I am not sure if evading a clearcut prohibition to pay interest by the use of ingenious nontraditional financial instrument is kosher, I mean, religiously correct. If I were God I would hate to see my commandments thus twisted and neutered.

On the risk of provoking a riot, I would like to call your attention that more clever nontraditional instruments are needed. For example, the Prophet (sallallaahu ‘alaihi wa sallam) prohibited meeting caravans on route with the intention of purchasing goods before the sellers know the market price. He also prohibited persuading buyers to cancel their purchases from other vendors, and then sell them one's goods. This is tantamount to saying to someone who is buying an item for ten riyals, “Dont buy from my competitor, I have the same item for seven riyals for you.” 
anonymous (guest) antwortete am 6. Jun, 22:23:
Less Islam Needed
"This is tantamount to saying to someone who is buying an item for ten riyals, “Dont buy from my competitor, I have the same item for seven riyals for you.”"

Ummm. Yeah. That's called competition. I guess that since Islam prohibits everything from music, to portraits and sculptures, to the risk-free rate and financial risk, it should come as no surprise that Islam also prohibits economic competition. The authors of Islam were extremely incompetent when it came to economic and financial policy making.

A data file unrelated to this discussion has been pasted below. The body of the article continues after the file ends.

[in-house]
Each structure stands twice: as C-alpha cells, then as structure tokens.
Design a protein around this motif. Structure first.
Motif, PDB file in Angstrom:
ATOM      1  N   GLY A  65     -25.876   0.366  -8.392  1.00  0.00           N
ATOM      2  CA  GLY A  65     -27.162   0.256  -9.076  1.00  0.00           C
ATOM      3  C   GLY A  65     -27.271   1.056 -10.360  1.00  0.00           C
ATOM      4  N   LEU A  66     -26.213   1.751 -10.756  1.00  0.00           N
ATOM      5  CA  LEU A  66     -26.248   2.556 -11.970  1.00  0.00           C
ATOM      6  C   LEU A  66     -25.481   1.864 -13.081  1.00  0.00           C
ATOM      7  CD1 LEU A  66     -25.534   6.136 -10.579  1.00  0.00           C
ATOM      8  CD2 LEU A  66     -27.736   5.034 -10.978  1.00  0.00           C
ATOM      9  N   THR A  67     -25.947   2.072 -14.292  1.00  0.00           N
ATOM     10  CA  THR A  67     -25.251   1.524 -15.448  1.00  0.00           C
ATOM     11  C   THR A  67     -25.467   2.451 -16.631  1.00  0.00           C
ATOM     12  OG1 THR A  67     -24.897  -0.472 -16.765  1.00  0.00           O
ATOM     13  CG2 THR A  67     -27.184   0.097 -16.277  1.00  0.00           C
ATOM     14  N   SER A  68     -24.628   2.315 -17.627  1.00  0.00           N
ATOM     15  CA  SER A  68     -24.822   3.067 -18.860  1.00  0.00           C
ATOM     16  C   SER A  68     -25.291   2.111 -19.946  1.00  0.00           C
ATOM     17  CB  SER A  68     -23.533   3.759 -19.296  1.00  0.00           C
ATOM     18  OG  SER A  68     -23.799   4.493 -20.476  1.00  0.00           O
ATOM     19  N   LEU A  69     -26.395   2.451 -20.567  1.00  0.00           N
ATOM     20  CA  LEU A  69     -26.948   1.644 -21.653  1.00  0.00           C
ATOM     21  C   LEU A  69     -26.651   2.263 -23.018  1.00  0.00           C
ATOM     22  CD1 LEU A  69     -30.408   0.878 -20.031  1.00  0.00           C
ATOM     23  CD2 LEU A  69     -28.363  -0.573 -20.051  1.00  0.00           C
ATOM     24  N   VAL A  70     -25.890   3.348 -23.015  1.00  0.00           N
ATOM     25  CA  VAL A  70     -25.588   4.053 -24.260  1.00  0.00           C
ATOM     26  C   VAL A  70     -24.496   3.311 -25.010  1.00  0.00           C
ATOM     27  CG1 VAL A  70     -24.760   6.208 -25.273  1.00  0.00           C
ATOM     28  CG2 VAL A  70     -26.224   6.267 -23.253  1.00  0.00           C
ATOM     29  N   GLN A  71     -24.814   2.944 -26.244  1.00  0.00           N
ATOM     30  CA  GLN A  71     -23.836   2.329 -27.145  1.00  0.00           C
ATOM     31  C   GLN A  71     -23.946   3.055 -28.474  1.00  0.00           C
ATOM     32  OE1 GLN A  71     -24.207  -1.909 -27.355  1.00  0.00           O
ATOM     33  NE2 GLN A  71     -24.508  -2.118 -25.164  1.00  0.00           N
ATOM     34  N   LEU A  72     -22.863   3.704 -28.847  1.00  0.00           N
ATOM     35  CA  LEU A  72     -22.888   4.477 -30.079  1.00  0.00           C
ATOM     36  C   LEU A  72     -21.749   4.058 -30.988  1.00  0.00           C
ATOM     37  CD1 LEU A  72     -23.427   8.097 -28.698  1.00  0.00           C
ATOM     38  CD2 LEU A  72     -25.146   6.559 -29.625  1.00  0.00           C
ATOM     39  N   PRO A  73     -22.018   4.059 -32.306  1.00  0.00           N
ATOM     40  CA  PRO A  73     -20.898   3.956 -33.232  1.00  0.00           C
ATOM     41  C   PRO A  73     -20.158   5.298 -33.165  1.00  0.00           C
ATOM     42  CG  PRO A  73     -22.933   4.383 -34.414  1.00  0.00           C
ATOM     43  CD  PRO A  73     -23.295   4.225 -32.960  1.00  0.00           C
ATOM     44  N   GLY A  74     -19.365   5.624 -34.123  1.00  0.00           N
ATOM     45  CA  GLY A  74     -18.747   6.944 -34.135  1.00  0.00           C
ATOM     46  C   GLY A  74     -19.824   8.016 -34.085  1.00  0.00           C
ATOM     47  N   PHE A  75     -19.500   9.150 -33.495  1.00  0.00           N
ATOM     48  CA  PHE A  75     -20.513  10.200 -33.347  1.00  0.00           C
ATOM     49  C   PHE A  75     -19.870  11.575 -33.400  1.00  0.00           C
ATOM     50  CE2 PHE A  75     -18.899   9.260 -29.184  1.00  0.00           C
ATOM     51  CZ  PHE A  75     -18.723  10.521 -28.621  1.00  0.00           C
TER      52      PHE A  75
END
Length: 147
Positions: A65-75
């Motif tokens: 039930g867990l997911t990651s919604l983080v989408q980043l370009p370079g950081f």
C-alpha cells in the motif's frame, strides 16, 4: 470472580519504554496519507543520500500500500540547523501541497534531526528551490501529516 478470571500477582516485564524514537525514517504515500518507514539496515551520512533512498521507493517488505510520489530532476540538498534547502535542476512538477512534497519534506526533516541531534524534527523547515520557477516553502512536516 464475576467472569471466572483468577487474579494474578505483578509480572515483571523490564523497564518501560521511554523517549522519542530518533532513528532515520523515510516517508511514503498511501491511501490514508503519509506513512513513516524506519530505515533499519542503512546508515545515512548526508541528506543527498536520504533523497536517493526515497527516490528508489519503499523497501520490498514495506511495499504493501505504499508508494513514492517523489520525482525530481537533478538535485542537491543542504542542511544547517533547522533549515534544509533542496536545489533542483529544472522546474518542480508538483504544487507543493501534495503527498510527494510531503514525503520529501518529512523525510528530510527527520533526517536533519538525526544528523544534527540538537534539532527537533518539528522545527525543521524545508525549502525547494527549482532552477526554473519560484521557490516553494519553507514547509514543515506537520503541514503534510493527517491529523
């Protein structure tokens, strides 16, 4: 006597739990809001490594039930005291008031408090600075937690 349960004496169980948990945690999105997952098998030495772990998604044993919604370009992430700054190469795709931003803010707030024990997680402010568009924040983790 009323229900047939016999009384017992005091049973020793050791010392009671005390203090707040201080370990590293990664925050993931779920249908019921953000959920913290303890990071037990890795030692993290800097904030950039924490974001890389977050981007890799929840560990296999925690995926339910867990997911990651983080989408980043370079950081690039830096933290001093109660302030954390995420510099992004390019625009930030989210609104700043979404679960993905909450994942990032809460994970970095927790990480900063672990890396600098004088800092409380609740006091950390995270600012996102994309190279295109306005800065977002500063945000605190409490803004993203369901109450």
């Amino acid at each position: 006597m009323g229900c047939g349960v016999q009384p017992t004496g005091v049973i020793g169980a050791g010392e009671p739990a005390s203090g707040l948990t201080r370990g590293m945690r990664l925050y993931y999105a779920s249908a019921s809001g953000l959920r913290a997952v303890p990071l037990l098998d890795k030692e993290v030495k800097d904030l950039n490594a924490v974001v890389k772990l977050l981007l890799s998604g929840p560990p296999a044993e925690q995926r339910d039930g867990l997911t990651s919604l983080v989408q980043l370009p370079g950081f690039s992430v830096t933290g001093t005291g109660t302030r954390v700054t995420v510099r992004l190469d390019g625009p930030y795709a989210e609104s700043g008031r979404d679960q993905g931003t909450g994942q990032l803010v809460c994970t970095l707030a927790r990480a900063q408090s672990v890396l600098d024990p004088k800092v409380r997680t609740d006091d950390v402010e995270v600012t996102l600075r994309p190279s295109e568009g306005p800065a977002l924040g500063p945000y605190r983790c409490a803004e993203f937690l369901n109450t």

anonymous (guest) meinte am 6. Jun, 22:19:
Old Trick
I think that this is the same thing as contractum trinius, a legal maneuver used by European merchants to avoid anti-usury laws in the medieval ages. It makes very little sense reword in the problem in terms of puts and calls because according to Islam options are a form of gambling. In it's infinite "wisdom," Islam not only fixes the risk-free rate at 0%, it also prohibits financial risk-taking (gambling). This really isn't anything nearly as complicated as arbitrage or option pricing, this is just a series of very simple cash transactions which (when combined) replicate a fixed-rate loan. The only amazing thing here is that it was only in the late 20th century that Muslims finally discovered this loop-hole, while the Jews and Christians had been doing it for centuries. 
Paul N (guest) antwortete am 7. Jun, 03:19:
If Muslims can't gamble, then how can they start a company? How can they get out of bed in the morning? 
Osman (guest) antwortete am 2. Oct, 21:17:
Islam prohibits gambling because of the simple fact that you will lose everything eventually, which also is cosidered a major problem in America. Gambling is an addiction. Islam do not prohibit to start up a company or do all the other normal stuff where you lose some or win some, infact it is encounraged. Which brings us to fact that islam prohibits interest where you don't bare any risk, in islam you have to share the risk, there has to be a downfall. Stocks is good example of something islam allows that have return and also risk.
Read more often....(Advice)....
Islamic Prohibited Gambling (Casinos, Lottery, and so on)...Business risks is not gambling...(because you can minimize or eliminate the risk.)